Staying in the Moment

One of the problems with PTSD is that you can get yourself into a chain of non-traumatic—sort of—memories that make it more likely to trigger the PTSD. You may not know what those memories are; it could be so subtle you won’t remember the trigger, and then things go to hell, and you won’t know why. And of course, many memories aren’t conscious.

You can learn to watch for danger signs, but sometimes the moment can be yanked from you just like that, without you having even thought consciously about the past; recently that happened to me, resulting in a not terribly nice weekend.

The way I usually cope is to keep myself more or less constantly distracted. Writing ((Somehow it seems counter-productive, in terms of distraction, to write about my PTSD; but perhaps not. I don’t know.)), work, reading, tending my pretend fish on my iPhone and other useful things. Some tasks are more likely to stir memory than others; washing dishes manually, though I really like it, does this for me, and so I end up using the dishwasher quite a lot…

Basically, I’ve learned that thinking can be a minefield of accidental memory traps. It’s easy to accidentally stray and run into the bad memories. But my manner of coping is to constantly displace action, because actually trying to sit and meditate results in stray memories floating in because I’m quite bad at meditating, and then sometimes I get triggered, and then….

Well, it’s a sort of hell I live in when I can’t think constantly about something else totally other than an idling thought process.

Which is why I take Ambien. It knocks me out before the idling thought process gets my head. And sometimes not even then. And probably it’s why I suffer from insomnia; although thinking about my insomnia has led me to realize that a lot of my insomnia can be traced to heightened levels of fight-or-flight response. My father really liked to pick bedtime as a time to terrorize, because my guard was down then. So now my guard naturally picks up when I try to sleep, which is the very very last thing I want to happen….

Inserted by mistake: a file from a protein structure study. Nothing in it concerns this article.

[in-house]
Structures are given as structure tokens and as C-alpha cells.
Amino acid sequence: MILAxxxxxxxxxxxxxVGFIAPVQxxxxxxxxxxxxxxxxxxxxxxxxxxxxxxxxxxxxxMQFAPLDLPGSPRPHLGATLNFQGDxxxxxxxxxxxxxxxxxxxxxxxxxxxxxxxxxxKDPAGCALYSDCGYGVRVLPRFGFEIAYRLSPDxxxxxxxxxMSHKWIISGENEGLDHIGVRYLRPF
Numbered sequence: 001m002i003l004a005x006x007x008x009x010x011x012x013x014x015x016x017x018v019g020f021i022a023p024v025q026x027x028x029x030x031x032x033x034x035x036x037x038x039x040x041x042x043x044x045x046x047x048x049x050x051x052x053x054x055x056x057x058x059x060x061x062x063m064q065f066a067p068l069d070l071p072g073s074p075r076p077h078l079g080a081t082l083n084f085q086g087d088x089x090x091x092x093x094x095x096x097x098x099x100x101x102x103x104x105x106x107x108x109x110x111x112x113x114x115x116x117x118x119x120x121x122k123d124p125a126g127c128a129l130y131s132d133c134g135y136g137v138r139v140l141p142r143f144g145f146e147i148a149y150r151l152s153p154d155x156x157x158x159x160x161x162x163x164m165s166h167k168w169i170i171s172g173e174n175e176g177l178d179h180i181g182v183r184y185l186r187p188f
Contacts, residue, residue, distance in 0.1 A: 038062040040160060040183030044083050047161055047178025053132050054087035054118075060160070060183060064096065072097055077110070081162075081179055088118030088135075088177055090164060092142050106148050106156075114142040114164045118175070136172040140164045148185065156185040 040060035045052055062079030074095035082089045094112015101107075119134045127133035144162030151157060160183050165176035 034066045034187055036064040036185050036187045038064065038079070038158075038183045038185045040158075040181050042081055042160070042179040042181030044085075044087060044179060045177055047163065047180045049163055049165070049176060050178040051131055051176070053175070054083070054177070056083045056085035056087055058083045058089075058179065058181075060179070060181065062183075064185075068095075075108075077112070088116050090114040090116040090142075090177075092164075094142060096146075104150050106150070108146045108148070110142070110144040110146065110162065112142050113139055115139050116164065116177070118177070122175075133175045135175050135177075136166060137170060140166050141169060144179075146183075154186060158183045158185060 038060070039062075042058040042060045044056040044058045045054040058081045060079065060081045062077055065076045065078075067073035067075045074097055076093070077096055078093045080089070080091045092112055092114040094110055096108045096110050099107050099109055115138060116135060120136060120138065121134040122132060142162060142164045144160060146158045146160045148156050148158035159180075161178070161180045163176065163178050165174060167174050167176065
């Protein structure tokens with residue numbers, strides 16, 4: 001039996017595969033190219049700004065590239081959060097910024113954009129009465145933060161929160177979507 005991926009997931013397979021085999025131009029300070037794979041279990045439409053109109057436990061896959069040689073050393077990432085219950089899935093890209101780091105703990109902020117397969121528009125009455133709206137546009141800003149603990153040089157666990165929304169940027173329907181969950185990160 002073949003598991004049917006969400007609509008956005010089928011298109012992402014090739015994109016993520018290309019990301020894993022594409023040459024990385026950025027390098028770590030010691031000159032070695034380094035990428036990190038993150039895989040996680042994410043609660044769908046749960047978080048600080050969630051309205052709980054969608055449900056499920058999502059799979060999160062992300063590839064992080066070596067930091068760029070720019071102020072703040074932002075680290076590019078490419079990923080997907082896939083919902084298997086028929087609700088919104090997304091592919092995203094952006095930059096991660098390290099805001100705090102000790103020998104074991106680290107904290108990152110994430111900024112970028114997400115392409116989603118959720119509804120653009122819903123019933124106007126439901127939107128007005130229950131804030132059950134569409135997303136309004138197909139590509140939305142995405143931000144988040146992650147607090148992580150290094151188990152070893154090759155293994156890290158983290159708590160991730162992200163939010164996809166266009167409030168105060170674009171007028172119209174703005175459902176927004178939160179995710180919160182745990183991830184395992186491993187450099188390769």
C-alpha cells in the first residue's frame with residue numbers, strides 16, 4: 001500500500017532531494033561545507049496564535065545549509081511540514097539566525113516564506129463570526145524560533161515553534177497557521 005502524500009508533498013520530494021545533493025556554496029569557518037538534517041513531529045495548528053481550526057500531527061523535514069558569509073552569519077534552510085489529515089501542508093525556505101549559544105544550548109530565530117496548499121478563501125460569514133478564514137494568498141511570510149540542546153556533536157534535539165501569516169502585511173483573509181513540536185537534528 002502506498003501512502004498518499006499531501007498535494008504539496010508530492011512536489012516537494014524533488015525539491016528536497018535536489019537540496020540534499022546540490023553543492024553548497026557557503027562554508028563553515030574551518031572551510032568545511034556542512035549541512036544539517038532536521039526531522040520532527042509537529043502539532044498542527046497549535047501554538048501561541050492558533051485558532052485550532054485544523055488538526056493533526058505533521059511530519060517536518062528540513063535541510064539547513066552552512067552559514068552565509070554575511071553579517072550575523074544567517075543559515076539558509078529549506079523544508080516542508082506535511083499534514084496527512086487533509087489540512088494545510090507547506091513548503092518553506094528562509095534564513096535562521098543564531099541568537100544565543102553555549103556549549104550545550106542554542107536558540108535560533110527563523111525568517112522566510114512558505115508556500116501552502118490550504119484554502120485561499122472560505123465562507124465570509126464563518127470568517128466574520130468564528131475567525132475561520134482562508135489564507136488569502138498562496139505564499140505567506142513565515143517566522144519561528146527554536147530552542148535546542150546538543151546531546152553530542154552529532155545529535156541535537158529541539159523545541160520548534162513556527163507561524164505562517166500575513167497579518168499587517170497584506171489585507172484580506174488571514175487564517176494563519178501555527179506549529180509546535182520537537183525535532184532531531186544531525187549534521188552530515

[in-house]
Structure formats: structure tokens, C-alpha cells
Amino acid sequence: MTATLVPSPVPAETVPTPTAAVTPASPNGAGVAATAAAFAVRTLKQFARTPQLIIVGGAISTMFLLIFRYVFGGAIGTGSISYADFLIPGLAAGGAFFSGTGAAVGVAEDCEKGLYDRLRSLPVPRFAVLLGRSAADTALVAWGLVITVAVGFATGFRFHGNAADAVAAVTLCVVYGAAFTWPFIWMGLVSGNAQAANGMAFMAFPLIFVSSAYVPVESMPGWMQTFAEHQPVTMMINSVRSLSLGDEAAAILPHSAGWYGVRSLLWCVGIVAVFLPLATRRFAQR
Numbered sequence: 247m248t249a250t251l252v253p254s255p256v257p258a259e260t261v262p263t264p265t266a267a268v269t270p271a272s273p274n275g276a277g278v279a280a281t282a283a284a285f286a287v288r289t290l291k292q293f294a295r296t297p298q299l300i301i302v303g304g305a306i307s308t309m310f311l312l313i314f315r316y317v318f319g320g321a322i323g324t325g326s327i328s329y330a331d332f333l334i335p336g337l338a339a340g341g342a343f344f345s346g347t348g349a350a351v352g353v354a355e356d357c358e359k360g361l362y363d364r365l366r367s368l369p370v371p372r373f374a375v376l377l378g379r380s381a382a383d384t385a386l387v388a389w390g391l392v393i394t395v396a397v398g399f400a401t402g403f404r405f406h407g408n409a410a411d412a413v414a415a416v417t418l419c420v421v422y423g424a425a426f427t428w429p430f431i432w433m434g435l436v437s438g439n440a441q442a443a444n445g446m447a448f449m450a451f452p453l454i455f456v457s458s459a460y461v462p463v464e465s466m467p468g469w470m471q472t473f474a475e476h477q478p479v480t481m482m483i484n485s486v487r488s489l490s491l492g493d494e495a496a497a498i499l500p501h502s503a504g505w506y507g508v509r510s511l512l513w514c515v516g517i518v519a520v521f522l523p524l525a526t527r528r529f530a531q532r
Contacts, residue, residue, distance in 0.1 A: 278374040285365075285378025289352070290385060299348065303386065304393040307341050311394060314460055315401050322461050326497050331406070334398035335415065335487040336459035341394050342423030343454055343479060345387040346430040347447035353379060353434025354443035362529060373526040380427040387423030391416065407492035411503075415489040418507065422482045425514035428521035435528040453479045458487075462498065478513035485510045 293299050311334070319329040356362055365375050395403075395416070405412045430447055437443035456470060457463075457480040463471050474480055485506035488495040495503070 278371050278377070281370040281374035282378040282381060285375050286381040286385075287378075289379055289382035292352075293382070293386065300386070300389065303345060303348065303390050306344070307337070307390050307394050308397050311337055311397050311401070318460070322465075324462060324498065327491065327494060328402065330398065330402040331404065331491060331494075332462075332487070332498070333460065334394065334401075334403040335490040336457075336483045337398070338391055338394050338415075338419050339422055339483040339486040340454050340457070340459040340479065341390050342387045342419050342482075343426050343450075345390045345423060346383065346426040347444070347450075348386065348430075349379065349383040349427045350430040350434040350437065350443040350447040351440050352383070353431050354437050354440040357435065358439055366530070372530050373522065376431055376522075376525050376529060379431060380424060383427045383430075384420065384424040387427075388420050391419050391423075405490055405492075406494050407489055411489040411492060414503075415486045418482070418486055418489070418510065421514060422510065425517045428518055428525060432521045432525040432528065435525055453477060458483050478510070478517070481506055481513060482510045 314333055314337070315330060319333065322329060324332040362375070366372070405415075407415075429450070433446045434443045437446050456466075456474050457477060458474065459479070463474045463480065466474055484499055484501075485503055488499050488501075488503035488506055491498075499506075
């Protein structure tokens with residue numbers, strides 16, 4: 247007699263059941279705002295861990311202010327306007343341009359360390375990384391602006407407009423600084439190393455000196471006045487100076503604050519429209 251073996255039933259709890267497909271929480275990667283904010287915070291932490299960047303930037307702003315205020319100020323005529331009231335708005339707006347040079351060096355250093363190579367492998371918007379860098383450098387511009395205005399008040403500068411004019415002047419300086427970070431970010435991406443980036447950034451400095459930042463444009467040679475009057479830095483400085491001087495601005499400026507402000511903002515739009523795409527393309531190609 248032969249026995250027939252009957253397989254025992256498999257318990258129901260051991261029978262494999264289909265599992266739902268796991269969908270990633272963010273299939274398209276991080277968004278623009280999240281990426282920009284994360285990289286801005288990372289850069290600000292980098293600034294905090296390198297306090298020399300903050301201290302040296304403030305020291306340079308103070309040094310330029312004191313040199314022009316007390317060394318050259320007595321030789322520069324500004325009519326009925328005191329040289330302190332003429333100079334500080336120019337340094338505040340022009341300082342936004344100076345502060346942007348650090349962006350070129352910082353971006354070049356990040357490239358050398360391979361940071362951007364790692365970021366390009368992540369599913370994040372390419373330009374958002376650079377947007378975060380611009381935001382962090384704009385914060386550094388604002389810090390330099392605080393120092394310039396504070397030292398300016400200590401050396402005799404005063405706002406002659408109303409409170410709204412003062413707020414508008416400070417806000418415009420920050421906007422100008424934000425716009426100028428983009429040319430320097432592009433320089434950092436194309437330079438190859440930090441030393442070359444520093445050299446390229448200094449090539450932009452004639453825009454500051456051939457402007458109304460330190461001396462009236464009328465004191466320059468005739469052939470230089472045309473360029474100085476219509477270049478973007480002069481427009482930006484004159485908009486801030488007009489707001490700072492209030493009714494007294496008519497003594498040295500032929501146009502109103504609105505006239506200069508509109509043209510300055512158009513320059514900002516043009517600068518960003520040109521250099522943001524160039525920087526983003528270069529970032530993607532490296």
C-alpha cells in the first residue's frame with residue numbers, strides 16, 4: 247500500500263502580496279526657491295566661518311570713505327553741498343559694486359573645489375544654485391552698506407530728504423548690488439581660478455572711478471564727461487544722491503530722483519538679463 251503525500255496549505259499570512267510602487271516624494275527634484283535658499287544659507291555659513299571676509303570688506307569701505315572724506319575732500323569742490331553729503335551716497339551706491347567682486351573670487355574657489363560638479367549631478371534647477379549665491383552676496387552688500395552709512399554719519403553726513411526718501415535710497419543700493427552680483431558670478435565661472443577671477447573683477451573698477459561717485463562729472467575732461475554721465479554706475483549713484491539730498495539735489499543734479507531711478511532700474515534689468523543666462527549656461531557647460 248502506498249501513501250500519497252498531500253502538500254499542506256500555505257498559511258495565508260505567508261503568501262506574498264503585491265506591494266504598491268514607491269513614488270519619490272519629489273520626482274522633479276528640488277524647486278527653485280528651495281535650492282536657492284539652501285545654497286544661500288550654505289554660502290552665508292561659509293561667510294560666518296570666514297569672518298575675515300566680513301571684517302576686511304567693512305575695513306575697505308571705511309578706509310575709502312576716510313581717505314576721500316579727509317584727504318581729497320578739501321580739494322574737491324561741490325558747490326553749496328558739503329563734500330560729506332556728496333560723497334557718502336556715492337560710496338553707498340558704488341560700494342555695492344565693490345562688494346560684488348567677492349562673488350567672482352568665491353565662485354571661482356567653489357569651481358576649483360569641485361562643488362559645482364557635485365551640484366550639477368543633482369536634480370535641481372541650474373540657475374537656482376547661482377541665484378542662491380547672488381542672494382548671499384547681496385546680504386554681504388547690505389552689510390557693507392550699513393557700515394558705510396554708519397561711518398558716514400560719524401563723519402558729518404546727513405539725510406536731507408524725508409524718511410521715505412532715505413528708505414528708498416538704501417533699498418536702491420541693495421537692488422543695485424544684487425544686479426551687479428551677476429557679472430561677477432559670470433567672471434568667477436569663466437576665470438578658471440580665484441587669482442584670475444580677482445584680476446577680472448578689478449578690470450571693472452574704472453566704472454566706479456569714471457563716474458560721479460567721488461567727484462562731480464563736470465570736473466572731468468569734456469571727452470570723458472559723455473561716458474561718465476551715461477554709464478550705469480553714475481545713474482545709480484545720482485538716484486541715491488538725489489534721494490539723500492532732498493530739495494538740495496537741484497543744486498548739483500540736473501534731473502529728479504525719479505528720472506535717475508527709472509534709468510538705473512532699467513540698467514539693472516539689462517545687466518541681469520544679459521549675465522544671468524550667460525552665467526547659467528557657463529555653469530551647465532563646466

There are so many dependencies here that it’s hard for me to untangle them. So far I think I’ve covered

– idling thought process leads to subconscious memories
– subconscious memories lead to memories of that hell time
– hell time memories can slip into PTSD
– the length of time between idle to subconscious to hell to PTSD can occur so quickly that it’s hard, or impossible, to “pull back” into the present soon enough to avoid the end of the chain of events
– I suck at pulling back, because it happens too quickly
– distraction keeps my mind from idling and removes the need for failed pull back attempts
– distraction keeps me from practicing meditation
– my sucky meditation leads to idling thought process leading to [see above]
– reflection can lead to conscious memories that lead to hell memories that lead to PTSD; not always, just often
– near bedtime, my guard is raised because of my father’s chosen attack times in the past
– this is a subconscious memory, even an automatic, ingrained reaction at this point
– this reaction is most often controlled by me via Ambien and maybe anti-anxiety pills
– when I can’t take those, the reaction takes place and fight-or-flight feelings/anxiety is produced
– leading to insane amounts of insomnia
– the connection between all of which I’ve made during reflection and the current insomnia
– argh argh ++ Thought Loops Detected ++ Out of Cheese Error. Redo From Start.

I am tired enough now that I think I might be able to go to sleep, although I note that I’m still so tightly wound up that it feels almost impossible to sleep. No anti-anxiety medication can be taken until tonight.

Yeah, it’s been two nights of this. Two nights of hell, but I’ve been through much worse. Of course, it’s not like this is nothing.

Um.

Yeah, try to sleep now.

The crazy thing is that my coworkers, when I explain why I can’t take two nights of oncall in a row, think that I’m slacking. Um. I’m not even sure how to even begin to deal with this, but I suppose I need to talk to my manager tomorrow. Today. Whatever.

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